Now how you determine whether you should continue to trade?
In financial when the company is in financial difficulty will be a matter of fact in every case. It's an important judgment call and one that should be taken with reference to specific up-to-date financial information and professional advice.
It may be appropriate in certain circumstances to continue trading where the benefit Of doing so it's for for the good of the creditors of the company as a whole.
But professional advice must be taken at all times.
The second question if a company is in financial distress, are there any circumstances when you can pay certain creditors ahead of others?
Well, that's an interesting point. And again here you'll remember that. I covered the issue of preference payments in my presentation now in certain circumstances, it is permissible for a company authorized by its directors to make payments to certain creditors and not others without those payments being subject to a claim by way of a preference.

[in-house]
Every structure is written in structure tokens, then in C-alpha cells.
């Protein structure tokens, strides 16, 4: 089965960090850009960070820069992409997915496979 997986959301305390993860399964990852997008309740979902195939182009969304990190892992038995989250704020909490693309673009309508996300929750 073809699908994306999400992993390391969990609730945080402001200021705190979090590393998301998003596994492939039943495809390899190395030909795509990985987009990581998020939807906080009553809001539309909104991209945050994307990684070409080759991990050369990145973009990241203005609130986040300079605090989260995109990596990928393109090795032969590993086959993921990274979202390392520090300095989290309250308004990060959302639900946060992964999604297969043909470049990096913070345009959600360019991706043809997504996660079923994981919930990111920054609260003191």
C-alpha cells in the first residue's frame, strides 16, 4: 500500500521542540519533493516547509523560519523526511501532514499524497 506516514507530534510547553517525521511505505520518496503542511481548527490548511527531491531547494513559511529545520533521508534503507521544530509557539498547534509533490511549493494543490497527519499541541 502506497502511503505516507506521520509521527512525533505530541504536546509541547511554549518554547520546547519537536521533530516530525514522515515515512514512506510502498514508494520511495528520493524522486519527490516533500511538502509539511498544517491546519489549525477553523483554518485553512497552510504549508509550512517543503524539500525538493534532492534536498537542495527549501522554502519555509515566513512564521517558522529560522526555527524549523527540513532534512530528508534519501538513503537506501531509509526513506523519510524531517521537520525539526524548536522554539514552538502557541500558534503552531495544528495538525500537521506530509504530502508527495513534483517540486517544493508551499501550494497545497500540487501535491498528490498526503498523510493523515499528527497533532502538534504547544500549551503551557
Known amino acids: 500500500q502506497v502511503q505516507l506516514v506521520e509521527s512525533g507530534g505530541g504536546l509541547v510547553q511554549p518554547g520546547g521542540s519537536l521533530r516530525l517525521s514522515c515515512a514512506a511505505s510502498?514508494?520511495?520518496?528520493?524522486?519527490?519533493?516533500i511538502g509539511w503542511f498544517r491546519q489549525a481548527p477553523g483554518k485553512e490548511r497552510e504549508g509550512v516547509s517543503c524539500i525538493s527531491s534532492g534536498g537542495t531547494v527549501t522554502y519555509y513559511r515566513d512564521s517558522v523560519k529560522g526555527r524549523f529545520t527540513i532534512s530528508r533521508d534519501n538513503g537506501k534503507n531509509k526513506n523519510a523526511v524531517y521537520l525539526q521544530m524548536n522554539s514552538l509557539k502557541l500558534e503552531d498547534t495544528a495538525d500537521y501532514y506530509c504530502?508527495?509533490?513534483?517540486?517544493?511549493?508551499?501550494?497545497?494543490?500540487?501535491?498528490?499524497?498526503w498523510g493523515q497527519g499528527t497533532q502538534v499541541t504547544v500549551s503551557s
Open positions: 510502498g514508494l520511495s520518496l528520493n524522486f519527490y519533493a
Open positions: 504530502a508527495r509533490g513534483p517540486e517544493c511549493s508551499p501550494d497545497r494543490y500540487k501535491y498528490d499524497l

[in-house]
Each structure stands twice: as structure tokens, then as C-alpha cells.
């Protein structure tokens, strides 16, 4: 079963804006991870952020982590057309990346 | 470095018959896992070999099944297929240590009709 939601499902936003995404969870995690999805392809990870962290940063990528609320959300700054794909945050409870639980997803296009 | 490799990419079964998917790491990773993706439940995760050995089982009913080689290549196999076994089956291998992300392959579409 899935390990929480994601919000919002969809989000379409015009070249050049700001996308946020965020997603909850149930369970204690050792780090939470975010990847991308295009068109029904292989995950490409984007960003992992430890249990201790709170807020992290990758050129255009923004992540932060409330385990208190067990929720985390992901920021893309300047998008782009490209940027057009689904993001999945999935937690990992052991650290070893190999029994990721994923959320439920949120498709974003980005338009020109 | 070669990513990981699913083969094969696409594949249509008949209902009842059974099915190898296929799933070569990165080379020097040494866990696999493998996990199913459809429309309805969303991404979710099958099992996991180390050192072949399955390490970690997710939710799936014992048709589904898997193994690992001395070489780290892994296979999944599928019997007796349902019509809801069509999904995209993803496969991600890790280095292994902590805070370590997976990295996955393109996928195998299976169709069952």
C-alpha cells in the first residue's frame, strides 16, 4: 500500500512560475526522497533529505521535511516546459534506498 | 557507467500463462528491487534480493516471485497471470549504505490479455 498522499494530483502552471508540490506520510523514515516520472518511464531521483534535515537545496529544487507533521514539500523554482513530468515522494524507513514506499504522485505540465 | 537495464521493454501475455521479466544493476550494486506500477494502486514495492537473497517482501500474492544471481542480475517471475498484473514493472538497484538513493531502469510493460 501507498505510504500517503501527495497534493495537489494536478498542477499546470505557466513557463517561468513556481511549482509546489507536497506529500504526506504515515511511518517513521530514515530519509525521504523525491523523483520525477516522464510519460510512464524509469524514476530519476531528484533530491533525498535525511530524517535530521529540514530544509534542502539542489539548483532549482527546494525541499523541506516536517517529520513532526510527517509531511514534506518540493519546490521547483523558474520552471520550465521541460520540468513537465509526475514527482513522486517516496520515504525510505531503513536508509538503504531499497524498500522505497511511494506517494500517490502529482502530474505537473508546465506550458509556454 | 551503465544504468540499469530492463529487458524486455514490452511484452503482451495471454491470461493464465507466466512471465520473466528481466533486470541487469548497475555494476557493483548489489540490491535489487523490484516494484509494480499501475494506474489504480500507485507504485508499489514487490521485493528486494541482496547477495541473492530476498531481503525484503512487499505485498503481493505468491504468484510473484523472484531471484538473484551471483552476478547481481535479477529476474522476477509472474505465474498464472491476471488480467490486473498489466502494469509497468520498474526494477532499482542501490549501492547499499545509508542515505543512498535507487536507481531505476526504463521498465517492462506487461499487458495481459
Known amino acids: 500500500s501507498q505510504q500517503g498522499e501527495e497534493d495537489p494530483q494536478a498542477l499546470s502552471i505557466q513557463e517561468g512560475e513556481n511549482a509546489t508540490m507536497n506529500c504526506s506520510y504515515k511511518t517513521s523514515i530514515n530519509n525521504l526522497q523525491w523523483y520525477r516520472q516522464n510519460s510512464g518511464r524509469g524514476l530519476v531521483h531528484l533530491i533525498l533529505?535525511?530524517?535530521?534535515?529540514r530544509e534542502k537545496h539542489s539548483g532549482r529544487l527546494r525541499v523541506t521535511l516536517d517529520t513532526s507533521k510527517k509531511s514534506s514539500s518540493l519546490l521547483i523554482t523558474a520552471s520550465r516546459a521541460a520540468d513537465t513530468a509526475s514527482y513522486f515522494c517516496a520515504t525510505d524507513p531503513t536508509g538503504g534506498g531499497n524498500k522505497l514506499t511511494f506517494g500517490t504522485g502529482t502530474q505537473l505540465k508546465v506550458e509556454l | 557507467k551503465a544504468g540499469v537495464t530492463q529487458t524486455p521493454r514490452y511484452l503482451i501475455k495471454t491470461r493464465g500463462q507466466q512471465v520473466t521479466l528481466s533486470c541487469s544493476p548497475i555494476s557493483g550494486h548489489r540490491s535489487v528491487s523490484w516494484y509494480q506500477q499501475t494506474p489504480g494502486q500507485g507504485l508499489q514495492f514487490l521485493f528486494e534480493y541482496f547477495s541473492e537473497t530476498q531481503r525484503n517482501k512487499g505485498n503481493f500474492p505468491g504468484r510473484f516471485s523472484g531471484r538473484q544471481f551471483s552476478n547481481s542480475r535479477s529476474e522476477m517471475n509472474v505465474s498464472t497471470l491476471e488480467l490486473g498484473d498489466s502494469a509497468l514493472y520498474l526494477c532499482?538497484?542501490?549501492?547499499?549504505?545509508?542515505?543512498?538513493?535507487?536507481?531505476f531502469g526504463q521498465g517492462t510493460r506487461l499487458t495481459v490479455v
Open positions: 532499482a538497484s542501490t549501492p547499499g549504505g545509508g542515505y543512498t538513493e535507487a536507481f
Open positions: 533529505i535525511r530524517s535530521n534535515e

No circumstances will be where the particular creditor in question is a key supplier or a landlord and where the payment is necessary to enable the company to continue trading for the benefit of its creditors as a whole each situation will depend on its own facts. And again any decision made by the directors in this regard will have to be supported by both up-to-date financial information and appropriate.
Will advise properly minuted. Well, thank you for all the great questions, which I'll follow up after the session and share these with you.
The next webinar in our series is tomorrow on business and Banking and that will be given by my colleague Christopher Von stranden.
for further advice and guidance on the coronavirus outbreak, please contact our dedicated resource Hub at shma.co.uk-- Thank you very much.